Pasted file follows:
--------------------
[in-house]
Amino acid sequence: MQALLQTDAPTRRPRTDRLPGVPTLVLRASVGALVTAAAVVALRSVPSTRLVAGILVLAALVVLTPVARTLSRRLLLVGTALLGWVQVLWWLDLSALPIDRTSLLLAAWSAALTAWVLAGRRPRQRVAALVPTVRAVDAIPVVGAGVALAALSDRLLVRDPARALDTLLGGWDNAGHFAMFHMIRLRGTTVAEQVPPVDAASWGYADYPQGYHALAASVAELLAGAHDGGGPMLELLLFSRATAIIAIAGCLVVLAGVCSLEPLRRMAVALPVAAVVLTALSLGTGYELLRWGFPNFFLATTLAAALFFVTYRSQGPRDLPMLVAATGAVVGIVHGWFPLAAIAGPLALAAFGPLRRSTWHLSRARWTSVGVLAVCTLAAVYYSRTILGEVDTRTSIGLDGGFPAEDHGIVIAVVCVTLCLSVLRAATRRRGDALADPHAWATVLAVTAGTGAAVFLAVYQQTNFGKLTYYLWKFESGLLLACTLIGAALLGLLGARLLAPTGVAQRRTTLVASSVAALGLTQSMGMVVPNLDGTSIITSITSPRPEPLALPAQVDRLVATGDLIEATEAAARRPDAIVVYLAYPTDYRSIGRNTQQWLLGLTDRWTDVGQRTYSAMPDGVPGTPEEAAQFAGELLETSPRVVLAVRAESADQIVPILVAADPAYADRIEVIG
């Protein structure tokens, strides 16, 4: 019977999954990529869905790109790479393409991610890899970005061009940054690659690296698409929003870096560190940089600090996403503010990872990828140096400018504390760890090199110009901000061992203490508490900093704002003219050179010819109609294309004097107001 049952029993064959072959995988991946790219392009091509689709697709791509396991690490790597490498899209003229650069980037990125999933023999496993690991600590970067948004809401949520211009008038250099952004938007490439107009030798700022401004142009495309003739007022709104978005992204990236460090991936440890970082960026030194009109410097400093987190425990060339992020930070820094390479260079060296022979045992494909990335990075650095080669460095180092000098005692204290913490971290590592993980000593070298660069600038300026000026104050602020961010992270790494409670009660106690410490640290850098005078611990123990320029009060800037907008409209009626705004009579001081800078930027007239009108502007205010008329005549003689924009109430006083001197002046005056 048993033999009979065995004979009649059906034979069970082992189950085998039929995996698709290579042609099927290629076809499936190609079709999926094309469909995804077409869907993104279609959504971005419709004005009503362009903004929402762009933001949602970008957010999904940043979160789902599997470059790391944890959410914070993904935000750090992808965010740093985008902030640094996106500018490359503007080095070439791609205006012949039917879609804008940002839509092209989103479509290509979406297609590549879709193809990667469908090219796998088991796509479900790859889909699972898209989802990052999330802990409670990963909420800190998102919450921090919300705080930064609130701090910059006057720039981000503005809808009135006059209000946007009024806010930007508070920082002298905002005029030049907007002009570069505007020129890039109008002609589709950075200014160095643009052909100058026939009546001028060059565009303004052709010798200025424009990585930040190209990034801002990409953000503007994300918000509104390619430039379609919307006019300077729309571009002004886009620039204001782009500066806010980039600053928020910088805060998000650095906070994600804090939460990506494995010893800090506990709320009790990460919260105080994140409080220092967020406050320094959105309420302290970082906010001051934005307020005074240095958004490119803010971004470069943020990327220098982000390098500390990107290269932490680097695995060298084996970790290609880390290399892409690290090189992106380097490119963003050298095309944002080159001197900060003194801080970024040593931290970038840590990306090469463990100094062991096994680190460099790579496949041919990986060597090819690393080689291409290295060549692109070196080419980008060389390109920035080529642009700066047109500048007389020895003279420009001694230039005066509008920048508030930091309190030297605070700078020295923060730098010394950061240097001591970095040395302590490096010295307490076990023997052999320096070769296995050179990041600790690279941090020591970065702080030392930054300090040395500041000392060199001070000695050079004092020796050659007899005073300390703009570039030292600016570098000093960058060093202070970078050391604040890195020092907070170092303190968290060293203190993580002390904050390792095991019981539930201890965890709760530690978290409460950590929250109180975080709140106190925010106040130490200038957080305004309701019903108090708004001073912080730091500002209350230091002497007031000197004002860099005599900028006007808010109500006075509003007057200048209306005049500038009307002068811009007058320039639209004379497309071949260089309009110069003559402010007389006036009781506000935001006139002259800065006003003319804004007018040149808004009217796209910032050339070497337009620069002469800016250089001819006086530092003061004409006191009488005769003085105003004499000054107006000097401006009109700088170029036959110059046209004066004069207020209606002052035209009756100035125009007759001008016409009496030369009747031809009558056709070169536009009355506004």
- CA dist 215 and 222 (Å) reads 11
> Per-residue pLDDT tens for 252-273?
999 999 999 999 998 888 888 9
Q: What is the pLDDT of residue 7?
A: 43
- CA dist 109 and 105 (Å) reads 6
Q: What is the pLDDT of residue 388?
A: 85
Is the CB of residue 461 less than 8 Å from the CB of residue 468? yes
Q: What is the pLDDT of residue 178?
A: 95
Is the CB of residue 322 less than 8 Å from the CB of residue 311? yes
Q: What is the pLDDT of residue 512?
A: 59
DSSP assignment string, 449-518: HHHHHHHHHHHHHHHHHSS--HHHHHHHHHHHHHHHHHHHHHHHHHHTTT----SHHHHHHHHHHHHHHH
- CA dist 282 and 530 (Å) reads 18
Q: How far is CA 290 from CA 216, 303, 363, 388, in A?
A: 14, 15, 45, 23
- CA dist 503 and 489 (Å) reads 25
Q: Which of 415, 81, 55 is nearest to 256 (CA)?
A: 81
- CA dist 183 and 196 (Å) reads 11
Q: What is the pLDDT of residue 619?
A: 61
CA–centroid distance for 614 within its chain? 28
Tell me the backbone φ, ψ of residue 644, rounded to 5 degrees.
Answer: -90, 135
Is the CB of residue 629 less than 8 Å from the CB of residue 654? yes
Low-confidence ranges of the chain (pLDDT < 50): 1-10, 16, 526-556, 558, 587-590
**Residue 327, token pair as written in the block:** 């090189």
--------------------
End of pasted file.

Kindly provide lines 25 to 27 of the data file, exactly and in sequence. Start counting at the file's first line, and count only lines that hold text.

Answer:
- CA dist 183 and 196 (Å) reads 11
Q: What is the pLDDT of residue 619?
A: 61